(paper: Aveek Bhattacharya, Colin Angus and Robert Pryce: How dependent is the alcohol industry in England on heavy drinking and how has this changed over time?)
KBS 41st, Munich, Germany, 1-5 June 2015:
Raninen Jonas from Swedish Council for Information on Alcohol and Other Drugs, Stockholm, Sweden.
(paper: Jonas Raninen, Mats Ramstedt & Michael Livingston: To drink or not to drink – a study on the association between rates of non-drinkers and per drinker mean alcohol consumption in a population)
KBS 40th, Torino, Italy, 9-13 June 2014:
Daniel Moyo from University of Sheffield, Sheffiield, UK.
(paper: Daniel Moyo, Robin Purshouse, Abdallah Ally, Alan Brennan & Paul Norman: Individual-level computational modelling to predict population-level alcohol consumption trends in England)
KBS 39th, Kampala, Uganda, 3-6 June 2013:
Sebenzile Nkosi from Medical Research Council, Pretoria, South Africa.
(paper: Sebenzile Nkosi, Eileen Rich & Neo Keitumetse Morojele: Alcohol use, sexual relationship power, and unprotected sex among bar patrons in bars and taverns in rural areas of North West province, South Africa)
Daniel Hill-McManus from the University of Sheffield, UK.
(paper: Daniel Hill-Mcmanus, Yang Meng, Alan Brennan & Petra Meier: Estimating price elasticities for alcohol from survey data: the impact of the observation interval)
KBS 38th, Stavanger, Norway, 4-8 June 2012:
Linda Ng Fat from University college, London, UK.
(paper: Linda Ng Fat : Poor health and non-drinking at different stages of the life course; the sick quitter and sick non-starter hypotheses)
KBS 37th, Melbourne, Australia, 11 – 15 April 2011:
Steven Bell, University College London, UK.
(paper: Steven Bell, Annie Britton & Martin Shipley: Binge drinking in usual and maximum drinking sessions, and abstaining from alcohol during midlife as risk factors for developing depression: evidence from a prospective longitudinal cohort study)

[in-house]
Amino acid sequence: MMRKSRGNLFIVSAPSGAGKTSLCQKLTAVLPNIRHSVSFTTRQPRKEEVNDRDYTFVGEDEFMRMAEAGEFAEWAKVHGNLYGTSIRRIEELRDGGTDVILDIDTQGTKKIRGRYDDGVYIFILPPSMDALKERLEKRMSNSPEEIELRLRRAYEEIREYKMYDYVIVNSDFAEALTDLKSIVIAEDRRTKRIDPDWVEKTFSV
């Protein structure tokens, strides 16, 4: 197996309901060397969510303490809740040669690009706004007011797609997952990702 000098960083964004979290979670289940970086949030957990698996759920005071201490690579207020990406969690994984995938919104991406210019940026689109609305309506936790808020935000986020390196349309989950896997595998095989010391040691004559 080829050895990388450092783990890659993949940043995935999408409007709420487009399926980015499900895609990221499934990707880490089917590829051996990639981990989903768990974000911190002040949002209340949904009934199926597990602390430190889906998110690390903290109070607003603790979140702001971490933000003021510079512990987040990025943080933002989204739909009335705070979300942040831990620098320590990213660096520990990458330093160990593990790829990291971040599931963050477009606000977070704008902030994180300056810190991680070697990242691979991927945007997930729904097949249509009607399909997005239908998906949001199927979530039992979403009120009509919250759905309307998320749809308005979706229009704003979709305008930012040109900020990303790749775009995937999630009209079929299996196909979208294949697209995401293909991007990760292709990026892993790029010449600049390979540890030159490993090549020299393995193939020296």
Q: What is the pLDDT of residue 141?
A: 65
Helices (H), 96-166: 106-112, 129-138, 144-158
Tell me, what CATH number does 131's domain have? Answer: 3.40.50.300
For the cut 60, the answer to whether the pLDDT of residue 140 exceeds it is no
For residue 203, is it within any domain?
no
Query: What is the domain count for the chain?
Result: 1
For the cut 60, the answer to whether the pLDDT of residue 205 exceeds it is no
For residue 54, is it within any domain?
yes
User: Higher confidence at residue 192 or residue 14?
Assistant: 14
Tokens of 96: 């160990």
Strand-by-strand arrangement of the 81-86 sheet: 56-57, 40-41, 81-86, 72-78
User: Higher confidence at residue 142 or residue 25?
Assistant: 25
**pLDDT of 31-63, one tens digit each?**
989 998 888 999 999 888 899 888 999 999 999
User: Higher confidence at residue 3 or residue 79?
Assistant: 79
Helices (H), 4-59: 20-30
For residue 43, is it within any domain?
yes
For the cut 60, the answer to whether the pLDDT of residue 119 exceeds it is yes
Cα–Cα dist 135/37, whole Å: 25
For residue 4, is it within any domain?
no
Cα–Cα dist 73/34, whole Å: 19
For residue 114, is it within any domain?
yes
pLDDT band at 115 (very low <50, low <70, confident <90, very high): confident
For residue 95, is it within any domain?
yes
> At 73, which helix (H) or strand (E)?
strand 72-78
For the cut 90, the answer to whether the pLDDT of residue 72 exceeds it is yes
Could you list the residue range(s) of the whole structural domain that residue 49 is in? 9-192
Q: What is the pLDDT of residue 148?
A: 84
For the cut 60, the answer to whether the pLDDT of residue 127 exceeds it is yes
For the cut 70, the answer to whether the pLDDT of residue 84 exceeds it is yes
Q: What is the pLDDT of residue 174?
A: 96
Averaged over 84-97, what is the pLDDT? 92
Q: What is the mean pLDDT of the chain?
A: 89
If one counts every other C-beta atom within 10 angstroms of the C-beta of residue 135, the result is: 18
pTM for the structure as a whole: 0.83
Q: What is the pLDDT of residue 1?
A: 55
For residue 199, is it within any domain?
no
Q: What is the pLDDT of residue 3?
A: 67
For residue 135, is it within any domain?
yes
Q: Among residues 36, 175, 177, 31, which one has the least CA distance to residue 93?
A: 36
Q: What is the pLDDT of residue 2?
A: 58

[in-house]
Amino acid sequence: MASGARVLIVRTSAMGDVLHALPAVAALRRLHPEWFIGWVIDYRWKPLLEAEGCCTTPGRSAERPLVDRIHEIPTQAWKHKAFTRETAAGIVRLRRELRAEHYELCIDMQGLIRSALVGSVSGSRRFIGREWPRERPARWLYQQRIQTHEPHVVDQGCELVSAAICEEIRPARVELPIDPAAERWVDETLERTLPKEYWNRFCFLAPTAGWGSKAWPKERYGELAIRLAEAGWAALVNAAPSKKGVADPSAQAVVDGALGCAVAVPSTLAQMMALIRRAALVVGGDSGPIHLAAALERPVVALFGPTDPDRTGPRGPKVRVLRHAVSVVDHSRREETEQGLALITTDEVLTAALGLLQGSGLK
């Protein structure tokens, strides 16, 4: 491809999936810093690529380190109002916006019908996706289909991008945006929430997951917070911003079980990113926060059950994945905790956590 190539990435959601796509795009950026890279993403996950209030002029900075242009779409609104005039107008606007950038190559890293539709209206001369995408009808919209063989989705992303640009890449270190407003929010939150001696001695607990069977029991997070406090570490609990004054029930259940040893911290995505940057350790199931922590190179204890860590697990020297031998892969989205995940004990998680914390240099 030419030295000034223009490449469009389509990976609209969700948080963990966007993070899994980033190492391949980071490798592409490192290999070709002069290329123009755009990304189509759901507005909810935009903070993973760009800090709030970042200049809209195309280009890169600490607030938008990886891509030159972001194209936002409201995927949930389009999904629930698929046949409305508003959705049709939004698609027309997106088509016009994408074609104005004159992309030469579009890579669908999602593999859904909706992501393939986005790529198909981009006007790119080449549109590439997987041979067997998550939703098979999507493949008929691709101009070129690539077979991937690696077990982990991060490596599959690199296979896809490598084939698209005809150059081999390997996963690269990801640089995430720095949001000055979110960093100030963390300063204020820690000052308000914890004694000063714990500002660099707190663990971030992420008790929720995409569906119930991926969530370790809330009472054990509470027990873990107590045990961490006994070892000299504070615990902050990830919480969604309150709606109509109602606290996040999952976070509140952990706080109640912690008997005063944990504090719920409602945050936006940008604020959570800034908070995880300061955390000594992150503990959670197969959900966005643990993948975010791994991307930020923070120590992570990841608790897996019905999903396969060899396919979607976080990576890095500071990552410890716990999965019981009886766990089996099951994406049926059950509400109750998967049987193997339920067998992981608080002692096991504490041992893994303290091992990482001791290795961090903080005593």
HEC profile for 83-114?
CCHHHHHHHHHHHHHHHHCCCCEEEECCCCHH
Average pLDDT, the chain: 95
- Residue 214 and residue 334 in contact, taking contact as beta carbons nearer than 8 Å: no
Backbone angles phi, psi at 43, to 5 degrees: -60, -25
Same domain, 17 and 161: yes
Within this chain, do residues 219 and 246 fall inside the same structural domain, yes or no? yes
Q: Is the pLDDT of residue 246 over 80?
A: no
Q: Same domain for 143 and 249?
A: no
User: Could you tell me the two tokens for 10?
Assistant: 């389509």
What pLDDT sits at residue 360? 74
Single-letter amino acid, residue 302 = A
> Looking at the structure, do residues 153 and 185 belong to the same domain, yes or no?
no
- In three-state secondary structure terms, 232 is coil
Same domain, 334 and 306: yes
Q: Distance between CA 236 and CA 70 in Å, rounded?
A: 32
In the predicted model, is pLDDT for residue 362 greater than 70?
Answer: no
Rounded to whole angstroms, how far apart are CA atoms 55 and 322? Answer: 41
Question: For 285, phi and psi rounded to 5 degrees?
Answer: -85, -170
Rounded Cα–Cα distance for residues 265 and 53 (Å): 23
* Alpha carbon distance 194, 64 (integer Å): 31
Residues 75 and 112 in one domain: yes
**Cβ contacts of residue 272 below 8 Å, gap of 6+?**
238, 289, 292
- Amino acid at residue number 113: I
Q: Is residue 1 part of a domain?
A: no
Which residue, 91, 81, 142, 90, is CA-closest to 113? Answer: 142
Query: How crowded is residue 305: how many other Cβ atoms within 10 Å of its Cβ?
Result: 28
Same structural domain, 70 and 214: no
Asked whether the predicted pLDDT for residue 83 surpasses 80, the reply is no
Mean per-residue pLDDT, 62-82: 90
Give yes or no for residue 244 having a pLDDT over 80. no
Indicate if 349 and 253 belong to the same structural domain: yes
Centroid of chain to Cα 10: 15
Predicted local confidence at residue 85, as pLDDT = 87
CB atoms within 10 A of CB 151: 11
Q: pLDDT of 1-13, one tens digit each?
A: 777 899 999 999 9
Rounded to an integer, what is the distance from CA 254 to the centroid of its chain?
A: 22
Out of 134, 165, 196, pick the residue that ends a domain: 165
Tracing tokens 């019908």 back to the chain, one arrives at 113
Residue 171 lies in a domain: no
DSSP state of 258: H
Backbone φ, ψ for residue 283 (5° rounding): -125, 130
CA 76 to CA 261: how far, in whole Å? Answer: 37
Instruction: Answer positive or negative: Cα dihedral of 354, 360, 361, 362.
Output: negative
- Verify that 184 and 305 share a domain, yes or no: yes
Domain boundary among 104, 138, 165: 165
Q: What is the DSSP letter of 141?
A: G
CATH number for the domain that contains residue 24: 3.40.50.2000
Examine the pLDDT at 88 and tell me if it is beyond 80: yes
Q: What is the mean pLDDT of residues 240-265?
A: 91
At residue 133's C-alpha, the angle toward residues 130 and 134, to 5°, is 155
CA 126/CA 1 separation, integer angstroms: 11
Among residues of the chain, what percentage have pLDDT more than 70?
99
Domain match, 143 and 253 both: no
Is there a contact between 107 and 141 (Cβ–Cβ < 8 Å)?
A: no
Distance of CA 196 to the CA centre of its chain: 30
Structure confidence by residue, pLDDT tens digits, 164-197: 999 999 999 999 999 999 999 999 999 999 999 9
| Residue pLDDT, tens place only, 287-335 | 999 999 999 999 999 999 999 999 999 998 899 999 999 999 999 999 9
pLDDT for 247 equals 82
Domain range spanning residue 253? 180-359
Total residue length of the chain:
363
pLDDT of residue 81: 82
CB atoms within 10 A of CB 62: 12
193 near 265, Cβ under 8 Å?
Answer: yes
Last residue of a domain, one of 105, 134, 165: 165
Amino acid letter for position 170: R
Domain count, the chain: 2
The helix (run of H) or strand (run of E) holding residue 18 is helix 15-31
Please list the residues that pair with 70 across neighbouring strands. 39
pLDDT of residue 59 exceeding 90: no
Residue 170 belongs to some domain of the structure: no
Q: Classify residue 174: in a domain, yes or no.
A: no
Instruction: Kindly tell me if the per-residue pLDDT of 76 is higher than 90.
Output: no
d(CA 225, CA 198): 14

KBS 36th, Lausanne, Switzerland, 31 May – 4 June 2010:
Karen Schelleman-Offermans, Maastricht University, The Netherlands.
(paper: Karen Schelleman-Offermans, Emmanuel Kuntsche & Ronald Knibbe: Do motives predict drinking? A full crossed-lagged model of drinking motives and adolescent alcohol use)
KBS 35th, Copenhagen, Denmark, 2 – 5 June 2009:
Sandra Kuntsche, Swiss Institute for the Prevention of Alcohol and Drug Problems, Lausanne, Switzerland.
(paper: Sandra Kuntsche, Ronald Knibbe, Gerhard Gmel & Emmanuel Kuntsche: Desperate housewives? The relevance of societal factors in the association between social roles and alcohol use)
KBS 34th, Victoria, Canada, 2 – 6 June 2008:
Svetlana Popova, Centre for Addiction and Mental Health Toronto, Canada.
(paper: Svetlana Popova, Juergen Rehm, Jayadeep Patra, William Gnam & Anna Sarnocinska Hart: Alcohol related Laws and Avoidable Burden and its Costs due to Motor Vehicle Accidents in Canada, 2002).
KBS 33rd, Budapest, Hungary, 4 – 8 June 2007:
Michael Livingston, AER Centre for Alcohol Policy Research, Turning Point Alcohol and Drug Centre, Australia.
(paper: Michael Livingston, Anne-Marie Laslett & Paul Dietze: Individual and community correlates of high-risk youth drinking)
KBS 32rd, Maastricht, Nederland, 29 May – 2 June 2006:
Emmanuel Kuntsche, Swiss Institute for the Prevention of Alcohol and Drug Problems, Lausanne, Switzerland.
(paper: Emmanuel Kuntsche: Drinking motives as mediators of the link between alcohol expectancies and alcohol use among adolescents)
Evelien Poelen, Radboud University, Nijmegen, The Netherlands.
(paper: Evelien Poelen: The relative contribution of genes and environment to alcohol use in adolescents and young adults)